For a dose of classic theatre, check out
Soulpepper’s Rosencrantz and Gildenstern are Dead and for
contemporary Canadian drama, see Tarragon Theatre’s mini-festival of Hannah Moscovitch’s plays (until March 24). If you haven’t heard of her already you will soon, so get on the bandwagon while there’s still room.

With this regime you should be sufficiently
theatrically worked-out until spring, when you can flex your brain for the
summer festivals. A theatre-goer’s work is never done.

Bonne chance!

City Living: Planet IndigenUS at Harbourfront

What’s the best thing about Toronto? There is always
something new to explore! This weekend is no exception. It marks the beginning
of the Planet IndigenUS festival at the Harbourfront Centre in association with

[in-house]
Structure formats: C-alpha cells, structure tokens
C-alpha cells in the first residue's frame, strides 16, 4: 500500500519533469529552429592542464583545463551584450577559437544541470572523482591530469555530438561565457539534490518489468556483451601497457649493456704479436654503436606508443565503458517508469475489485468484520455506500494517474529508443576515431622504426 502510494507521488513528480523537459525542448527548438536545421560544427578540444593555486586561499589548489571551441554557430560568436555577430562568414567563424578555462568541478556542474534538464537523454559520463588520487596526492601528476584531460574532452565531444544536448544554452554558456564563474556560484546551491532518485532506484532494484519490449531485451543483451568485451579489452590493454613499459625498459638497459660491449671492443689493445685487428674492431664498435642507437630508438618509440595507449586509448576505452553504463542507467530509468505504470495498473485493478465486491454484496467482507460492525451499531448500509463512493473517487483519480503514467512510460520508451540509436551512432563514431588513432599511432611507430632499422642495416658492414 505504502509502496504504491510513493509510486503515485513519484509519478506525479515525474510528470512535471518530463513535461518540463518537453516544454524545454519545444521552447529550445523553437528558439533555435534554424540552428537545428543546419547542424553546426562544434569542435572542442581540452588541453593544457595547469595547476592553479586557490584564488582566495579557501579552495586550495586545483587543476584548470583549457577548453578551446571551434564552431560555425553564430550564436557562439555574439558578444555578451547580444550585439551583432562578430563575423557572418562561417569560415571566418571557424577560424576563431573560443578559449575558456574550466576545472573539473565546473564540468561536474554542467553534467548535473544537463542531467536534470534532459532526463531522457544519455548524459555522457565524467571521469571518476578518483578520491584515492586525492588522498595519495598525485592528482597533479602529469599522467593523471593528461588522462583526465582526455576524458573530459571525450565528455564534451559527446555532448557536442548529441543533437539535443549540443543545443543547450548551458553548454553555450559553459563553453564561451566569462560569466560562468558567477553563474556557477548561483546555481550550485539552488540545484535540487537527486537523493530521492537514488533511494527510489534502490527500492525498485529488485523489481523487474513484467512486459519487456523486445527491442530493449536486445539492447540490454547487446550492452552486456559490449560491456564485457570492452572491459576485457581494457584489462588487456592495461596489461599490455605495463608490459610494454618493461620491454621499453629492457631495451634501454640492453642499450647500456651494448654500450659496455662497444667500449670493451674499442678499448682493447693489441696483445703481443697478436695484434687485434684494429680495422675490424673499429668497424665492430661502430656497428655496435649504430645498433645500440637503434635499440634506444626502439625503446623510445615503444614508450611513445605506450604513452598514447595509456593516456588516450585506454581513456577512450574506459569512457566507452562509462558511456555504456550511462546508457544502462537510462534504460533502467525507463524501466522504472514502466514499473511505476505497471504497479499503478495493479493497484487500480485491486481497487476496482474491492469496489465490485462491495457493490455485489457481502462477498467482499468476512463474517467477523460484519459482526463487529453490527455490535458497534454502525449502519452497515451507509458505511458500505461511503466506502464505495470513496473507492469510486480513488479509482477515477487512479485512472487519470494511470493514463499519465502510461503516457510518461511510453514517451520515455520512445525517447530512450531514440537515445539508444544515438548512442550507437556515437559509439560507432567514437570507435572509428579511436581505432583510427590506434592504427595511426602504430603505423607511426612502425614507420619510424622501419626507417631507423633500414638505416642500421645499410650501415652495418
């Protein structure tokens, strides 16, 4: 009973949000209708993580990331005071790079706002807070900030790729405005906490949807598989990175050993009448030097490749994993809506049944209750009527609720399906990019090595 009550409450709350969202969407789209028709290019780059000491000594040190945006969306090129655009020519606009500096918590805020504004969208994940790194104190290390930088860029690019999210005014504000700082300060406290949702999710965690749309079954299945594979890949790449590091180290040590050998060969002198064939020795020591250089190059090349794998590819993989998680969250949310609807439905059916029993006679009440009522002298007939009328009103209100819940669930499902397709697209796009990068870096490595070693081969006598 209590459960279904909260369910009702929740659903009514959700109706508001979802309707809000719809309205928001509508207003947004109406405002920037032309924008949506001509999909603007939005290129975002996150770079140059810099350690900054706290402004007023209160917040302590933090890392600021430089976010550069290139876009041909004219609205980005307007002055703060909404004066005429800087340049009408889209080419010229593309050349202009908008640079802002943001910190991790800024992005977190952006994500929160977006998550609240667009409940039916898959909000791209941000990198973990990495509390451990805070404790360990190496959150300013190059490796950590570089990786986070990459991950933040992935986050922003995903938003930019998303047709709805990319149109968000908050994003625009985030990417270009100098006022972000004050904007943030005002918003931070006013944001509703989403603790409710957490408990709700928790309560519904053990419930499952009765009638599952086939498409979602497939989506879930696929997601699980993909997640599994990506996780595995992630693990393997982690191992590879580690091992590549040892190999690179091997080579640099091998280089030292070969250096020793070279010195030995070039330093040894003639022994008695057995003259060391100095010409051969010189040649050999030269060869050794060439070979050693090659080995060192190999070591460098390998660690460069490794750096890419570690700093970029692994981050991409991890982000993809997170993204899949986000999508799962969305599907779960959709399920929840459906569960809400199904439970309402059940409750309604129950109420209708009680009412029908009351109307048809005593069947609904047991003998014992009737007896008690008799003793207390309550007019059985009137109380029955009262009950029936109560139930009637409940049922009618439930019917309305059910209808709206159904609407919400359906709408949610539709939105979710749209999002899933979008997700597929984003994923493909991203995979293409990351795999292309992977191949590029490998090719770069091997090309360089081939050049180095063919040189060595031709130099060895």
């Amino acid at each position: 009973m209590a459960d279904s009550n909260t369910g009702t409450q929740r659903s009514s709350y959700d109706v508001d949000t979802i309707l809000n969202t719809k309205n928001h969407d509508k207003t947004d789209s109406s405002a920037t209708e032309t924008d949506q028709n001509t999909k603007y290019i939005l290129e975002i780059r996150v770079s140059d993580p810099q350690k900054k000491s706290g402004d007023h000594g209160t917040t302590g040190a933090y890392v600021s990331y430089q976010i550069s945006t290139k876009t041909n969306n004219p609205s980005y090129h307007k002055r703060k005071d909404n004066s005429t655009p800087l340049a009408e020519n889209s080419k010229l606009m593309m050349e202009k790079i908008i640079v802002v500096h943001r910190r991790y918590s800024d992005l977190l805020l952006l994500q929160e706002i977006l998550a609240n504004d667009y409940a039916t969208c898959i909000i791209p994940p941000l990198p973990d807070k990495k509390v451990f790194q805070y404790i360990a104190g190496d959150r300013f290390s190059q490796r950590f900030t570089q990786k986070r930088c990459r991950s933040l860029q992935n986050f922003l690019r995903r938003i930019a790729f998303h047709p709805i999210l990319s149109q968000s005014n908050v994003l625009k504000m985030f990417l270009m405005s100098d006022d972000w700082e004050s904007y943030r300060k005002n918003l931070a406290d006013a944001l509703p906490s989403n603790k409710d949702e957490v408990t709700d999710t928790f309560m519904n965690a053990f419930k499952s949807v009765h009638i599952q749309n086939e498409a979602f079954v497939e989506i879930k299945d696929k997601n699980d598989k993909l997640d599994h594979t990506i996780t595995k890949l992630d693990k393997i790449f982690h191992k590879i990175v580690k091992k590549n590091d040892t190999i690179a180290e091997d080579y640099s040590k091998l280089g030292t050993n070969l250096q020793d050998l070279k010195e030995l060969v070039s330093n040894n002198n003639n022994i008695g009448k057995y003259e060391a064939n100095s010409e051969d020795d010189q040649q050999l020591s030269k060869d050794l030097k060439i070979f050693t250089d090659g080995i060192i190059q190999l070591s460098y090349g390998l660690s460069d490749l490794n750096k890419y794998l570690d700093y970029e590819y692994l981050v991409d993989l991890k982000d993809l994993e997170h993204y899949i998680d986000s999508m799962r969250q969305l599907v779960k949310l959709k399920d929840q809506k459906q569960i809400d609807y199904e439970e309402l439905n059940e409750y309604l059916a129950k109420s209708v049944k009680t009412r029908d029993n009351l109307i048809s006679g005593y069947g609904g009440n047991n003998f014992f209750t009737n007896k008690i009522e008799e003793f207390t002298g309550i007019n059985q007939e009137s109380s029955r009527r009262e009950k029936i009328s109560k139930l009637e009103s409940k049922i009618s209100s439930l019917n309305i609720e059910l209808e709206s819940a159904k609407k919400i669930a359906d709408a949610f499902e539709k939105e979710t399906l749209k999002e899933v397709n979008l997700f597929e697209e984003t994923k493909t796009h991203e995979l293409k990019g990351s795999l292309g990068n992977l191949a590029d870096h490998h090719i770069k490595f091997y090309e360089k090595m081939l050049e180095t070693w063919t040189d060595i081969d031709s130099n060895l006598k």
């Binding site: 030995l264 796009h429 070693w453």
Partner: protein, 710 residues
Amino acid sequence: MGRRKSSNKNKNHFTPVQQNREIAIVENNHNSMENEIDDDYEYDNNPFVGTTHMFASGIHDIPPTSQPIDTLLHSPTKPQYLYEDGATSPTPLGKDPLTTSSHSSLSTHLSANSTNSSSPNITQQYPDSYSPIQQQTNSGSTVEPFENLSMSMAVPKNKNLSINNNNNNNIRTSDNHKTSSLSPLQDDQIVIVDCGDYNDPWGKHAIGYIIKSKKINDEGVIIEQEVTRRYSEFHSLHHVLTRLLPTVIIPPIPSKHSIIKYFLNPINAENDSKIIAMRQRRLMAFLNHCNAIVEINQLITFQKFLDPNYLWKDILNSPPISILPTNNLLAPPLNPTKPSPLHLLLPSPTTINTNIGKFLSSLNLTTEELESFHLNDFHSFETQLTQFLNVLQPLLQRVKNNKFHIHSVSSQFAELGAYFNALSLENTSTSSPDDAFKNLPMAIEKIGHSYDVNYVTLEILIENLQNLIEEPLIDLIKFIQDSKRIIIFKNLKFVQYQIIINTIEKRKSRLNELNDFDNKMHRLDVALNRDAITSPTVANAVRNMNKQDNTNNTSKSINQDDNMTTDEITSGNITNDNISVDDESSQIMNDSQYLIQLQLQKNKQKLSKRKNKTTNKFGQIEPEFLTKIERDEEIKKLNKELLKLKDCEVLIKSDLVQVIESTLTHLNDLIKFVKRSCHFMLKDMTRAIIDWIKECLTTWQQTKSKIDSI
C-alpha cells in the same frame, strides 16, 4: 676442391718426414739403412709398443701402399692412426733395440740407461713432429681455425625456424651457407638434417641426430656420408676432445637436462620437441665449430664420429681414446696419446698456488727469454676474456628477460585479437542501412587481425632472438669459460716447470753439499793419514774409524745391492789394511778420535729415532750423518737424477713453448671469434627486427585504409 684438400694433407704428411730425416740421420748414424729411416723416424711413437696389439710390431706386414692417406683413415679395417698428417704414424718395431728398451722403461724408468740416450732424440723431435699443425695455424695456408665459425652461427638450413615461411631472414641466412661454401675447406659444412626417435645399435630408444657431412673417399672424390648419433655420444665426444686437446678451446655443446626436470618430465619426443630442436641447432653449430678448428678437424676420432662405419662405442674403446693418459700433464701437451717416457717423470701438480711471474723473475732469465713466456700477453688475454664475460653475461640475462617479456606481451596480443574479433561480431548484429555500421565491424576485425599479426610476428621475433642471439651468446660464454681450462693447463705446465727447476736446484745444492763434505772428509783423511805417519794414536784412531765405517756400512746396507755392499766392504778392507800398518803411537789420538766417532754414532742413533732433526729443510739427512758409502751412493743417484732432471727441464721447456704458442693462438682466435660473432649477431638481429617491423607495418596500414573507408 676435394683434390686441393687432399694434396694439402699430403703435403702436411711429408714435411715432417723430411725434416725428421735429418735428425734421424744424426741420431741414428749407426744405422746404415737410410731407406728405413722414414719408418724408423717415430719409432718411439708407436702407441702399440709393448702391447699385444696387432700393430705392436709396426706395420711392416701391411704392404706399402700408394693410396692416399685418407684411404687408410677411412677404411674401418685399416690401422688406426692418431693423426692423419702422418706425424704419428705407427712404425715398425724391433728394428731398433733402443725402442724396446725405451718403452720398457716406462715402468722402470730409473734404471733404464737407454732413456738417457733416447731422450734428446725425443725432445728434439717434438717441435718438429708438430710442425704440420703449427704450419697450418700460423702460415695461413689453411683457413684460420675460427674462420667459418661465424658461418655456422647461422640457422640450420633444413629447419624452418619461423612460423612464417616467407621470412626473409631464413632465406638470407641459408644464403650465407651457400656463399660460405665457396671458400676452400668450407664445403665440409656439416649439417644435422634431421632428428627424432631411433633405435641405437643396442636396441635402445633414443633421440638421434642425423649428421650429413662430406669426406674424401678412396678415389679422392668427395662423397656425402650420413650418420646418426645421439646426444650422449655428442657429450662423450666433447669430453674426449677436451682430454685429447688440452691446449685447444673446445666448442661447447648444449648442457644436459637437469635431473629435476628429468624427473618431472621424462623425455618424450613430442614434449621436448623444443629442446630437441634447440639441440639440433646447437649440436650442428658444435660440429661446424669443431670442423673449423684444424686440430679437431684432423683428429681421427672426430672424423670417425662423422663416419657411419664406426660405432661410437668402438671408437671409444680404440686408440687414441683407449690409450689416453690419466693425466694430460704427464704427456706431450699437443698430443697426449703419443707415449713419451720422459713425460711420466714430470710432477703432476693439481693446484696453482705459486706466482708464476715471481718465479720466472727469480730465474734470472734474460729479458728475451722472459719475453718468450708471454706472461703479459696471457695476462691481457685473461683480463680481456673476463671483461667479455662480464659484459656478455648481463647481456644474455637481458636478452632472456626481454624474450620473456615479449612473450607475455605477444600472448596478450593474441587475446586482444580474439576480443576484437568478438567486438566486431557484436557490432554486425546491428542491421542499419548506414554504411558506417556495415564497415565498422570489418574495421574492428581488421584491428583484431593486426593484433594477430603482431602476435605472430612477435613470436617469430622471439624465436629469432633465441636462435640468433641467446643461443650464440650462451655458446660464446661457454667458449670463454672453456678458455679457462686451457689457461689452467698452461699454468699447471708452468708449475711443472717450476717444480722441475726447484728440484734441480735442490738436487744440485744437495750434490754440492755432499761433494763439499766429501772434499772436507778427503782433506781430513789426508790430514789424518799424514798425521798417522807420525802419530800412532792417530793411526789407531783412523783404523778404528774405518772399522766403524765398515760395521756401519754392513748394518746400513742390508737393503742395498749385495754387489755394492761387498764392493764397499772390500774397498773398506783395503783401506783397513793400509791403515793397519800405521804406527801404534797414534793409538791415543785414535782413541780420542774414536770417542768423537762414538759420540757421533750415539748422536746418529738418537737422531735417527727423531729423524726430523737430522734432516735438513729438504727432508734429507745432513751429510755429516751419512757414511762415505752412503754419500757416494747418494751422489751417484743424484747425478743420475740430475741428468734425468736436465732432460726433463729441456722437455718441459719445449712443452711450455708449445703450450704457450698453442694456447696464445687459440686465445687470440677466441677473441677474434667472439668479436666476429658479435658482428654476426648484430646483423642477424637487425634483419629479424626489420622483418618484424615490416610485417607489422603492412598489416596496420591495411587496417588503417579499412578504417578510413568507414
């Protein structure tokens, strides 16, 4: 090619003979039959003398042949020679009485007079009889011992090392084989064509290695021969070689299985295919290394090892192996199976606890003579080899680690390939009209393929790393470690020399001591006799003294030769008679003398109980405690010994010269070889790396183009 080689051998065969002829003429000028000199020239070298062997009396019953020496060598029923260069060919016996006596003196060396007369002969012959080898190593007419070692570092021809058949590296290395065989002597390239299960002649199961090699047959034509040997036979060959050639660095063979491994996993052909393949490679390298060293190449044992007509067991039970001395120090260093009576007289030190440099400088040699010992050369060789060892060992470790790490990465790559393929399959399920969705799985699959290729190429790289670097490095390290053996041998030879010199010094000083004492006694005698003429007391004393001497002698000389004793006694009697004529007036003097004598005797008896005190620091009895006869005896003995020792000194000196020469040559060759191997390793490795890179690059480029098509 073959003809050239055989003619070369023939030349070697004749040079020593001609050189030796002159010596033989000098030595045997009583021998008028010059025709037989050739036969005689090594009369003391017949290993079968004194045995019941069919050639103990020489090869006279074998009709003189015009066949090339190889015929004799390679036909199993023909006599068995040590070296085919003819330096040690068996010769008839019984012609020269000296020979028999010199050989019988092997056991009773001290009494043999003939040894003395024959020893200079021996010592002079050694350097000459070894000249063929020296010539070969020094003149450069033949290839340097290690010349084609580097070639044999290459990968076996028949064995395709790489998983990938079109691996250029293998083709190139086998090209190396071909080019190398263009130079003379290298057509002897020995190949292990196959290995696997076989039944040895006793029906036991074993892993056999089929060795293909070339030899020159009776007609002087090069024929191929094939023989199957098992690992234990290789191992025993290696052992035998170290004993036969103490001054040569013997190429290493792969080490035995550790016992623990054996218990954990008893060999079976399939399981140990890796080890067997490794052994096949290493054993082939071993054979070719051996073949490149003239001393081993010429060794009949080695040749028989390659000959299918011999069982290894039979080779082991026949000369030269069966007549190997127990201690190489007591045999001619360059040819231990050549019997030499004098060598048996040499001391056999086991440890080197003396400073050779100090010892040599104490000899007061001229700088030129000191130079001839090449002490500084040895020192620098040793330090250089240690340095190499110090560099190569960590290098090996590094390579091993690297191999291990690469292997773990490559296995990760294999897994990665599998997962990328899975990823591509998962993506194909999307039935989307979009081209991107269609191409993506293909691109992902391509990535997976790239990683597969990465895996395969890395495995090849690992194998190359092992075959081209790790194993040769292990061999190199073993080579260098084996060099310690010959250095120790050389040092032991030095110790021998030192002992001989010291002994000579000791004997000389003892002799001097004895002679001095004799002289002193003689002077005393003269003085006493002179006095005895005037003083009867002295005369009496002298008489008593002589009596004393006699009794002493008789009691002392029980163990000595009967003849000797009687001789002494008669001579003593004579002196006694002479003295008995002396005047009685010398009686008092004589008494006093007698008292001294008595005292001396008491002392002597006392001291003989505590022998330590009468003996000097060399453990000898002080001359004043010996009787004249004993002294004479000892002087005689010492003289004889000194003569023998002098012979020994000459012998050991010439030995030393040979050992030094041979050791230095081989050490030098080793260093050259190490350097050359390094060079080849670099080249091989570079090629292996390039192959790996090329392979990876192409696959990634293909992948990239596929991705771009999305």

Woodlands Cultural Centre in Brantford. IndigenUS is the largest contemporary
international Indigenous cultural festival in the world and it only occurs once
every three years – so we don’t want to miss out (maybe we should see someone
about our fomo).
The festival celebrates current Indigenous culture.
With almost 300 performers from seven different countries taking part, the
presentation of Indigenous culture varies wildly. The acts range from Pow Wow Step to a Mongolian-folk-punk-rock
blend, to a high-energy technicolour dance performance by an Australian
company and a woman who weaves herself into a basket.
IndigenUS starts today and runs until Sunday, August 19, which means ten days
packed with great music, theatre, food, art and, if you’re willing to make the
trek to Gretzky’s hometown, even comedy. The selection of free fun to
participate in this weekend is overwhelming so we’ve listed our must see events

Image courtesy of Harbourfront Centre.

A Tribe
Called Red (ATCR) and Electric Pow-Wow
DJ Bear Witness, DJ NDN and DJ Shrub of ATCR created
their own blend of traditional drums, Jamaican dub and club beats, which they
call Pow Wow Step (and you thought Moombahton was the new thing). We can’t wait